In count one of their complaint, plaintiffs allege that BCBSM breached its fiduciary duty under 29 U.S.C. § 1132(a)(2). New Life alleges that as a provider of drugs and prescriptions, it submitted proper claims for factor to BCBSM, and those have not been paid. Moreover, in failing to pay the claims BCBSM breached its fiduciary duties to New Life and to the minor plaintiffs by putting those minor plaintiffs at medical risk. Defendant argues that New Life, as a provider under the plan, lacks standing to sue. Likewise, Dawn Litchey does not argue that she is a plan participant, beneficiary or fiduciary, and likewise lacks standing. Defendant appears to agree that the minor plaintiffs are beneficiaries of the plan, but contends that they cannot make out a claim for breach of fiduciary duty based on their alleged inability to secure proper medical care.

The court finds that no right to recovery exists under this claim for any of the plaintiffs. First, Plaintiffs A.R. and J.R. cannot make out any claim for breach of fiduciary duty under ERISA. The Third Circuit Court of Appeals has described the role of a fiduciary in an ERISA plan as follows:

Under § 1002(21)A of ERISA, 29 U.S.C. § 1002(21)A, those having discretionary authority or discretionary responsibility in the administration of a plan are fiduciaries. Section 1104 imposes upon them fiduciary duties including the duties of 'care, skill, prudence, and diligence under the circumstances.'" 29 U.S.C. § 1104. Section 1109(a) makes plan fiduciaries 'personally liable to make good to [the] plan any losses to the plan resulting from each . . . breach' of fiduciary duty. 29 U.S.C. § 1109(a). And, finally, § 1132(a)(2) provides that a 'civil action may be brought . . . by a participant or beneficiary . . . for appropriate relief under section 1109.' 29 U.S.C. § 1109. In re Schering-Plough Corp. ERISA Litig., 420 F.3d 231, 235 (3d Cir. 2005).

In this case, plaintiffs contend that defendants breached their fiduciary duty by failing to pay claims to New Life, which placed the plaintiffs' medical care at risk. The evidence indicates, however, that plaintiff were never in medical danger and that they never were denied the life-saving treatment they require. While the court recognizes that the plaintiffs would prefer the more-extensive services offered by New Life to those provided by Accredo, no evidence indicates that plaintiffs have been denied necessary medication or any benefits due them under the terms of the plan. They received the services for which New Life claims to have been denied payment. Under the plan, plaintiff's are due benefits, not the payment for the benefits. A claim for breach of fiduciary duty under ERISA cannot lie based on a failure to provide benefits when the plaintiff has received the benefits she is due under the plan. See, e.g., Becker v. Weinberg Group, Inc., 473 F. Supp. 2d 48, 67 (D. D.C. 2007) (finding that "[w]here, as here, a beneficiary has received her pension plan benefits, that beneficiary no longer has any personal stake in the outcome of the litigation. As a result of the Plan's payment of her benefits, Plaintiff's interest in the breach of fiduciary duties and prohibited transactions claims has become moot.").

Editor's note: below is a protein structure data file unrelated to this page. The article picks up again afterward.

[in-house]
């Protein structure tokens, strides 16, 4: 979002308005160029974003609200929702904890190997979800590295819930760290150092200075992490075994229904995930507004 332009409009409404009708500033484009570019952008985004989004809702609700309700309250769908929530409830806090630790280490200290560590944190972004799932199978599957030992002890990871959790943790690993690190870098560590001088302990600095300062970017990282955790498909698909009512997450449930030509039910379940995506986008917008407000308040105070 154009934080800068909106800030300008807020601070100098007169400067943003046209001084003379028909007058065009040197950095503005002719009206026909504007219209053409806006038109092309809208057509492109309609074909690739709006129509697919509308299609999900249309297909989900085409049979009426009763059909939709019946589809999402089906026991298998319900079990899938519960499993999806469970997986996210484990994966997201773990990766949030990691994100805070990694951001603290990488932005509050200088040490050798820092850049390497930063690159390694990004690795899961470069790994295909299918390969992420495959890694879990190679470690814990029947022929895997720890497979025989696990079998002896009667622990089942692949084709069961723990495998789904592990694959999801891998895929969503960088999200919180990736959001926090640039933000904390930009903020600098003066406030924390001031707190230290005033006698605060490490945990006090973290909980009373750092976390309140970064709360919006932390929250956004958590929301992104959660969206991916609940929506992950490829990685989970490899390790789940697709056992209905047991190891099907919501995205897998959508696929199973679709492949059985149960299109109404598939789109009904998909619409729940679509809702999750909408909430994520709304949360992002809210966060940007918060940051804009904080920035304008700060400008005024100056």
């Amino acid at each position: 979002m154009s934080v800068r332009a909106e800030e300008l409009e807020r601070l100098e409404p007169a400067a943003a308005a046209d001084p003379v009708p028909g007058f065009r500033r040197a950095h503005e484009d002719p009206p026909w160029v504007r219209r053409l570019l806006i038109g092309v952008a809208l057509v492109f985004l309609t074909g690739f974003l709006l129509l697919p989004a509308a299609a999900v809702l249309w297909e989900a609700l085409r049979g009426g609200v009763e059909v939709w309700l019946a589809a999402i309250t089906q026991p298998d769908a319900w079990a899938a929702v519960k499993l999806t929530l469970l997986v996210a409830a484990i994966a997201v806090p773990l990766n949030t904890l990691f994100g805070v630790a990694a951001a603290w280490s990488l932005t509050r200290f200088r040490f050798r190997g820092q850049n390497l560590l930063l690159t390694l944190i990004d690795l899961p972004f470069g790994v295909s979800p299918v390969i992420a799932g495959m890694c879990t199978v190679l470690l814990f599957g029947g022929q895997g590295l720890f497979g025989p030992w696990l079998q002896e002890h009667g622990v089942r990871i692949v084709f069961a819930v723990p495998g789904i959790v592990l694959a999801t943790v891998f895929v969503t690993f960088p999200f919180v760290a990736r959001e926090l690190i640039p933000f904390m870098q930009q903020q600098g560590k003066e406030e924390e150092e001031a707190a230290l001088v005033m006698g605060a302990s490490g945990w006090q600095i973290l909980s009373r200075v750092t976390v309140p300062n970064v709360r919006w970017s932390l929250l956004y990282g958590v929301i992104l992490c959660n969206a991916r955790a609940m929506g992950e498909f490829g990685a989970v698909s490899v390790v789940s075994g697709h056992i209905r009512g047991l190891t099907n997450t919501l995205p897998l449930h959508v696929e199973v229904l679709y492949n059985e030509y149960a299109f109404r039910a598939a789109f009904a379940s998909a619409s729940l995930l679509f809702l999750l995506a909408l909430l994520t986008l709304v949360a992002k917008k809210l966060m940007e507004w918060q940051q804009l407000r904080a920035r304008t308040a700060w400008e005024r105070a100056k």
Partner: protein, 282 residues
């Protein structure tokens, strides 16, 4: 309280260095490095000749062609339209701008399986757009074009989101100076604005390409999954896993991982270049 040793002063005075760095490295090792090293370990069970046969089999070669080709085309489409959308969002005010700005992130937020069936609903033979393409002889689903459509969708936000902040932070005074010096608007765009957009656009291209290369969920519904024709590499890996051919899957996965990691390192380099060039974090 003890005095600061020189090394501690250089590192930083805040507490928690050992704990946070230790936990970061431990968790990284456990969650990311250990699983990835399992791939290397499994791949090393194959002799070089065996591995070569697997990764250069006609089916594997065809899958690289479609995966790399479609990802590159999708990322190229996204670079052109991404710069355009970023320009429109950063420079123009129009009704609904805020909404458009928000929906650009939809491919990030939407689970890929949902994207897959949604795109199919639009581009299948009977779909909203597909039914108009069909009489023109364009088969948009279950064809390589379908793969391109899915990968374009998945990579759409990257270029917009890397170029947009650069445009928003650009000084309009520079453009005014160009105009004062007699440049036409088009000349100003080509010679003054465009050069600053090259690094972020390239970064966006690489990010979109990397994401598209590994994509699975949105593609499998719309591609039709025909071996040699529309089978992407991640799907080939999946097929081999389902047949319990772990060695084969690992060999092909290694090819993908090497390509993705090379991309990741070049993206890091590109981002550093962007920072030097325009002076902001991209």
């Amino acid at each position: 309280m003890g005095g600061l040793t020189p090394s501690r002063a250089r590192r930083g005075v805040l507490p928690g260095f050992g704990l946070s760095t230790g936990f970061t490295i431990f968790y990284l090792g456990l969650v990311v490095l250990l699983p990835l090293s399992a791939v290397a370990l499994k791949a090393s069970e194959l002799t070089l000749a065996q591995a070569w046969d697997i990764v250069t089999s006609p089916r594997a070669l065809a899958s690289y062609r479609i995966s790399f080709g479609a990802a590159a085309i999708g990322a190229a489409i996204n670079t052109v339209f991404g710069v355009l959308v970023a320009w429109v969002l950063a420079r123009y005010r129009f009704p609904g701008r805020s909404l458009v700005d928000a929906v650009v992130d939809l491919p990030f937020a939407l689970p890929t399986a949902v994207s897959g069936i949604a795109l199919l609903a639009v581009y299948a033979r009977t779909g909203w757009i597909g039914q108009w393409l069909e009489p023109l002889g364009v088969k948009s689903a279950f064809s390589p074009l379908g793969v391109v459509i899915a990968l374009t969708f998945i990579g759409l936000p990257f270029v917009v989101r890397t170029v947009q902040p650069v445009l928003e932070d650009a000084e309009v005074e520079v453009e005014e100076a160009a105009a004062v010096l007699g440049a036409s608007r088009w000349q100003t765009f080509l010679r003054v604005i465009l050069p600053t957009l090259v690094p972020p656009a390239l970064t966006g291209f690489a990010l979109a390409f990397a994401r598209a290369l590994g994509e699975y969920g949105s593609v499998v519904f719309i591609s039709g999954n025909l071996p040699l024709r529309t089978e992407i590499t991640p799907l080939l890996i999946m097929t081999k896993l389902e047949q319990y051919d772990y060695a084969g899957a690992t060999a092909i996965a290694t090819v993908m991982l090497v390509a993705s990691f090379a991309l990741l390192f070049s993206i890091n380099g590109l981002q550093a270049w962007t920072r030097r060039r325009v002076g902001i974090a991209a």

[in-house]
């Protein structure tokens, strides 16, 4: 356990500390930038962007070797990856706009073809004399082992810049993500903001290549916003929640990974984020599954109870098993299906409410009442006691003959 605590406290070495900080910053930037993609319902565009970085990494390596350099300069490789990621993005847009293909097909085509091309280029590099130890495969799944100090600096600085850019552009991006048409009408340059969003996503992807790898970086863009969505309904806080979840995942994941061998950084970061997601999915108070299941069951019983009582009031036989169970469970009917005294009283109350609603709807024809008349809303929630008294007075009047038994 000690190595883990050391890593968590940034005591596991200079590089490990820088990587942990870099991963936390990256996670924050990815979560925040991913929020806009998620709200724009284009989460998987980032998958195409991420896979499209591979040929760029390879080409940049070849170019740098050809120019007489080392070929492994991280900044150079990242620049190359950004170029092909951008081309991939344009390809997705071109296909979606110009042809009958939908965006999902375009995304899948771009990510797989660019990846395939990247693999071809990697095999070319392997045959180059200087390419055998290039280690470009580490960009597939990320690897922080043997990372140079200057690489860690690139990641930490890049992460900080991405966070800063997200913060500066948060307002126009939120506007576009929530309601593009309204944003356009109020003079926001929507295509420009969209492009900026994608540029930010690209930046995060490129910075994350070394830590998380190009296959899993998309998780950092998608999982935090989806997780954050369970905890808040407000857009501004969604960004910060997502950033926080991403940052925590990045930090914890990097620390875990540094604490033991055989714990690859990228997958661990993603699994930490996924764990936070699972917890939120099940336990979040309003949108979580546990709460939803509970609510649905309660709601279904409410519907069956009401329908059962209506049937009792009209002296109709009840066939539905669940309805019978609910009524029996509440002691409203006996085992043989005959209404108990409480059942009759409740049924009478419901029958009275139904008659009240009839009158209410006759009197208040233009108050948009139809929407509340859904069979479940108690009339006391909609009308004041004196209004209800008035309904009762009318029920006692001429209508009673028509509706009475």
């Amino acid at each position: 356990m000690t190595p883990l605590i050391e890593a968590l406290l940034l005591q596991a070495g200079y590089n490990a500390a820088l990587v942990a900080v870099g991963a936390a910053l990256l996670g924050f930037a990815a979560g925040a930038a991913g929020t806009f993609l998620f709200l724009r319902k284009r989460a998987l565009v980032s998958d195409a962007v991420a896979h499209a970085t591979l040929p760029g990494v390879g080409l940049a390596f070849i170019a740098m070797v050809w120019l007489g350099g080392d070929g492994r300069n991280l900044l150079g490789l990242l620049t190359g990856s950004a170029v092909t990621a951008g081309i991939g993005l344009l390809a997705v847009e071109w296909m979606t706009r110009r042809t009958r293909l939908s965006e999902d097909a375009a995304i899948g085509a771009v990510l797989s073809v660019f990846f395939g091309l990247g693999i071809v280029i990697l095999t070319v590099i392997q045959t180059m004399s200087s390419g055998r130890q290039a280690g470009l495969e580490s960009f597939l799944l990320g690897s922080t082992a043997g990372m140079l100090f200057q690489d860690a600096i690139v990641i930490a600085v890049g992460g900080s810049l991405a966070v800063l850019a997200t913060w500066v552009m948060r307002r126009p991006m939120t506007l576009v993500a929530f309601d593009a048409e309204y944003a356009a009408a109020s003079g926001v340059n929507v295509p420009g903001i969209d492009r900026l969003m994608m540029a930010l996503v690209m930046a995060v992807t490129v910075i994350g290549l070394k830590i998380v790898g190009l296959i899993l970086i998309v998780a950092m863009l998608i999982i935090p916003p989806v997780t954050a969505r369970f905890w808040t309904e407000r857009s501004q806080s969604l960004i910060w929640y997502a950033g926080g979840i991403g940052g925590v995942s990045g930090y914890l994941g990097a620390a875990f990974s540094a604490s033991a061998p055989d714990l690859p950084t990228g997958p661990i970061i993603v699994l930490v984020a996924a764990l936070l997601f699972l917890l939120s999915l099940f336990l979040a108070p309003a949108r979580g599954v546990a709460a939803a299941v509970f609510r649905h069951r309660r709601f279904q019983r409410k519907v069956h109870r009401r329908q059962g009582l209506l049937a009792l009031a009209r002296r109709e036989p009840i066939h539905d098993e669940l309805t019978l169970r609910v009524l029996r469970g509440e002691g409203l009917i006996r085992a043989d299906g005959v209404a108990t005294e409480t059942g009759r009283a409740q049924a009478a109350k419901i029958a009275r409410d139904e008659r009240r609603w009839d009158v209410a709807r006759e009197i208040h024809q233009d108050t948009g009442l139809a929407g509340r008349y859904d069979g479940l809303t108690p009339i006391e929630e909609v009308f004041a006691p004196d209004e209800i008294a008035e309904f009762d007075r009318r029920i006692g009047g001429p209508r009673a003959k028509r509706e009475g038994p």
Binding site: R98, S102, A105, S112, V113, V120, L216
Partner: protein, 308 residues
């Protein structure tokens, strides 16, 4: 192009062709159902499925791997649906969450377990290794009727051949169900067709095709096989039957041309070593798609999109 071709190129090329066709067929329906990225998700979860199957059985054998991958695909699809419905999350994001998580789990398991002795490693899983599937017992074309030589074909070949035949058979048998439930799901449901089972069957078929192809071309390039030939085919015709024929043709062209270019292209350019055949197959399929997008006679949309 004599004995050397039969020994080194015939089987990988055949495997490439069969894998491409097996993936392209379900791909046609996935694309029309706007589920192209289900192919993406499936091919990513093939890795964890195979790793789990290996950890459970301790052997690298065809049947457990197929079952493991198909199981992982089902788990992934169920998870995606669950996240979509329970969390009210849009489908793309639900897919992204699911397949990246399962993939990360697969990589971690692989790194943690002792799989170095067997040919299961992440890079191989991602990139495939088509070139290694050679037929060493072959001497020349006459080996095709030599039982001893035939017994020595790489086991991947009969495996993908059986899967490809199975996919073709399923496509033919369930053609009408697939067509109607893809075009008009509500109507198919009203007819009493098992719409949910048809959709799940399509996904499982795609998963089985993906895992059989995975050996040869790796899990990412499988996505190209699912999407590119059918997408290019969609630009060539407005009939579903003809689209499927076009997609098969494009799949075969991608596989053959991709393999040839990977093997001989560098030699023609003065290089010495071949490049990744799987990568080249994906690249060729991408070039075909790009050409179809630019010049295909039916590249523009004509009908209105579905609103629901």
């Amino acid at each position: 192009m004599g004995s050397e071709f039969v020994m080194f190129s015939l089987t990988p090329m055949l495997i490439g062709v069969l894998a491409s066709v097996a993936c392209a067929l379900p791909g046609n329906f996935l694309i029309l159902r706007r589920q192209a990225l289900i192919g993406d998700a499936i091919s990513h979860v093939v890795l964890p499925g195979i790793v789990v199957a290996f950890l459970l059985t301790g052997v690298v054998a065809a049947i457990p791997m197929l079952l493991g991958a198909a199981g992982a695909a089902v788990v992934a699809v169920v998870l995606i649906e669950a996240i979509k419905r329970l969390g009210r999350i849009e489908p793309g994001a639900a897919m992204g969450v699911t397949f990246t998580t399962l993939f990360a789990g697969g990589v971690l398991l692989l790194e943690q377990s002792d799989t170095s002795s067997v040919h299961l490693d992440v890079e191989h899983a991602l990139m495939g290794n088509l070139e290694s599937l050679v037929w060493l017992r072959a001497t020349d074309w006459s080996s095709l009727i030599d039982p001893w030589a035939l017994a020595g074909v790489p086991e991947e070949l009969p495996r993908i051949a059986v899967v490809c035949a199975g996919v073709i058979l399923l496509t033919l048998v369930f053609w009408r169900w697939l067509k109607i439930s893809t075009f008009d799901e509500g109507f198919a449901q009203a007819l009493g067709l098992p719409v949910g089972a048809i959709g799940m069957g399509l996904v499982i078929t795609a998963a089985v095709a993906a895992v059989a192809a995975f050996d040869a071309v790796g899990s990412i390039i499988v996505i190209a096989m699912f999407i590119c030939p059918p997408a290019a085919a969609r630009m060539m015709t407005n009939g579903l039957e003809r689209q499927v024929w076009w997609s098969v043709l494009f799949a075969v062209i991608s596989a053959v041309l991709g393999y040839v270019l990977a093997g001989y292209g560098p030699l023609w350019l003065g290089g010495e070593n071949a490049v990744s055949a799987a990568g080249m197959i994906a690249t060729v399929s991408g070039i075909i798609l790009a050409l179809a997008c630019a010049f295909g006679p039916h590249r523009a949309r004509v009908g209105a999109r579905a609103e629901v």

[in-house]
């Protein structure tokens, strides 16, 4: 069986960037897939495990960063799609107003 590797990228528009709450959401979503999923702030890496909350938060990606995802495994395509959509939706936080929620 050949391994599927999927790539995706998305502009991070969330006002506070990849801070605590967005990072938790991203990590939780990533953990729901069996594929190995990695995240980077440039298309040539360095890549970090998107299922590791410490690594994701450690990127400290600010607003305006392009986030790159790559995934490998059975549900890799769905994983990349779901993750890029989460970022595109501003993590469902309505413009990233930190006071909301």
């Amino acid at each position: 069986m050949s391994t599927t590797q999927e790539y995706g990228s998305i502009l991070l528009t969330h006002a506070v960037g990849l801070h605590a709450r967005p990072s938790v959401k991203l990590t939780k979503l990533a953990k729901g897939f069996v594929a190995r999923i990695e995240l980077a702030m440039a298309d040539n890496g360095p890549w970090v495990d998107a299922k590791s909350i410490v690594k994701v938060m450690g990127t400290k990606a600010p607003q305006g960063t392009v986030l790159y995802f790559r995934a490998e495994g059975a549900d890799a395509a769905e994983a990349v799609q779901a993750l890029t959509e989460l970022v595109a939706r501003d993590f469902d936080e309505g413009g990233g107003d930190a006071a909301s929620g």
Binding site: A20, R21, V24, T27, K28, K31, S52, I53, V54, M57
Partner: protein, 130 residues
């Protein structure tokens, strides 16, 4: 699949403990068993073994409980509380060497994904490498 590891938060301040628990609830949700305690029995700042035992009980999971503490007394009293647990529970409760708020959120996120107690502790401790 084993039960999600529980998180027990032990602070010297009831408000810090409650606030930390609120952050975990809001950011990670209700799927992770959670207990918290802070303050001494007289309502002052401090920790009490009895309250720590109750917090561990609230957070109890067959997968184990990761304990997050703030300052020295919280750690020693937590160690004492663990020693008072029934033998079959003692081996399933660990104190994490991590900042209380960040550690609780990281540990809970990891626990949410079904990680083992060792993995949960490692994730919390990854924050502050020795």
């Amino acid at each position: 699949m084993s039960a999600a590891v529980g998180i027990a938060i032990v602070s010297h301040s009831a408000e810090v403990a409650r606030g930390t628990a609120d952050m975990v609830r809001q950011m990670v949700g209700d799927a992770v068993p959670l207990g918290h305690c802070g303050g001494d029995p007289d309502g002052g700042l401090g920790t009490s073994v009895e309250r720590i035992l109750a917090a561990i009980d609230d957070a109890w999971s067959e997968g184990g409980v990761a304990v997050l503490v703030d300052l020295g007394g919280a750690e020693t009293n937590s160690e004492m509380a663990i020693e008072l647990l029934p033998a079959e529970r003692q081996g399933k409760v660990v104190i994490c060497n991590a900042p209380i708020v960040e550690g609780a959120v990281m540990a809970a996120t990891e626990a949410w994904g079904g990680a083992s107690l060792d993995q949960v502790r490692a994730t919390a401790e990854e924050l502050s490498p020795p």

New Life, as a plan provider, clearly has no claim for breach of fiduciary duty under ERISA against the defendants. Section 1132(a)(2) provides a right to sue only to "the Secretary . . . participant, beneficiary or fiduciary." 29 U.S.C. § 1132. Moreover, while the plan may have a duty to pay a provider for services, it has no fiduciary duty under the law to providers. Indeed, any funds obtained from defendant would be paid to New Life, not the plan, and thus would not benefit the plan. Because "a recovery under Section 409 for damages for breach of fiduciary duty does not go to any individual plan participant or beneficiary, but inures to the benefit of the plan as a whole," a claim seeking recovery for a provider does not implicate the breach of fiduciary section of ERISA. McMahon v. McDowell, 749 F.2d 100, 109 (3d Cir. 1986). As such, no claim is possible under 29 U.S.C. § 1132(a) for New Life.*fn3 To avoid this obvious difficulty, Plaintiff New Life also argues that it has standing as an assignee of A.R. and J.R.'s rights. Since A.R. and J.R. have no claim under ERISA, however, New Life would have no claim even if the court found a valid assignment of rights. The court will therefore grant the defendants' motion on this claim.